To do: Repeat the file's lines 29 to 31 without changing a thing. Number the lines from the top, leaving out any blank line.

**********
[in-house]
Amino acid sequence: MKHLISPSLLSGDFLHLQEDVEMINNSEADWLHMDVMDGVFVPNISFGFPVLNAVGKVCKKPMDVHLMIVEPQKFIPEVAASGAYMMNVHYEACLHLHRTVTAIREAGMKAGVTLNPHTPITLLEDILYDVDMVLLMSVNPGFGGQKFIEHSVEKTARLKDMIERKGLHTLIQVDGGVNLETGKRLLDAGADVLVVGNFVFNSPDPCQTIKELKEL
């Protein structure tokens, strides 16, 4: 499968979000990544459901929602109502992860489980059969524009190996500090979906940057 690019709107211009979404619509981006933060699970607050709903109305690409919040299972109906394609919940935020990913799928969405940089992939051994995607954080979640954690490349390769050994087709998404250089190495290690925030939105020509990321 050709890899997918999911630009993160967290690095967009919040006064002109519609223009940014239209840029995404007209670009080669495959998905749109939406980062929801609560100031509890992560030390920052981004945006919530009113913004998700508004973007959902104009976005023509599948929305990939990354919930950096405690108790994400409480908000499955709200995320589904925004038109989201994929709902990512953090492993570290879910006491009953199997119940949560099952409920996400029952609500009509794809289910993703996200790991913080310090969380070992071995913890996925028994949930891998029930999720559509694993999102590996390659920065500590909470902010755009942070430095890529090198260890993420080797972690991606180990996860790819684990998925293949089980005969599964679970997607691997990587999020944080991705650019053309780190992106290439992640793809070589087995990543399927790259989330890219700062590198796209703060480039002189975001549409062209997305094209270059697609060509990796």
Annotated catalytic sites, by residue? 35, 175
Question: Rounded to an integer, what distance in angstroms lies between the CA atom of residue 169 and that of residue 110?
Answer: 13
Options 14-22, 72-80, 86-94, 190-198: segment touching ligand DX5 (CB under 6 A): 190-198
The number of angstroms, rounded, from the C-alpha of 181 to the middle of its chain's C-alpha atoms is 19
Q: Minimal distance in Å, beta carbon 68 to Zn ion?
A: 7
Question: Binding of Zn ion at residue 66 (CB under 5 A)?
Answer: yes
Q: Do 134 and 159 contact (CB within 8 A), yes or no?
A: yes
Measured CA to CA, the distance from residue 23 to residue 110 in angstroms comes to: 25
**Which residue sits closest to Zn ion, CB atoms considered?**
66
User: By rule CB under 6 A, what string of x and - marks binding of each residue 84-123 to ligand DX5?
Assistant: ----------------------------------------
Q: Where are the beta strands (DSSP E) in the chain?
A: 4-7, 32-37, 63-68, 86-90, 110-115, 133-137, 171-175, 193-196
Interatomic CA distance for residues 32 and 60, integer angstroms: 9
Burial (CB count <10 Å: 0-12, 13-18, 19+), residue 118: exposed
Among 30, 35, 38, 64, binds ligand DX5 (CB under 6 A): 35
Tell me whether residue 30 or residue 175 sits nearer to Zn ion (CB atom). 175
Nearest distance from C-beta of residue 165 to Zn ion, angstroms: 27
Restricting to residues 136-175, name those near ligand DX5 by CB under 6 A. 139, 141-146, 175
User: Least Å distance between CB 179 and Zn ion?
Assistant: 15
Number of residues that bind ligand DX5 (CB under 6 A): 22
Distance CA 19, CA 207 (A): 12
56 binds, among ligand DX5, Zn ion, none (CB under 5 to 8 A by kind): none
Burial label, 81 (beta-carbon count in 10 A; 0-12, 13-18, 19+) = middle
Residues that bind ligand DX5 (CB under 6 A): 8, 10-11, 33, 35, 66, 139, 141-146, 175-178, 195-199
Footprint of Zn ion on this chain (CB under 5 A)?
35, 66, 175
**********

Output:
Assistant: 15
Number of residues that bind ligand DX5 (CB under 6 A): 22
Distance CA 19, CA 207 (A): 12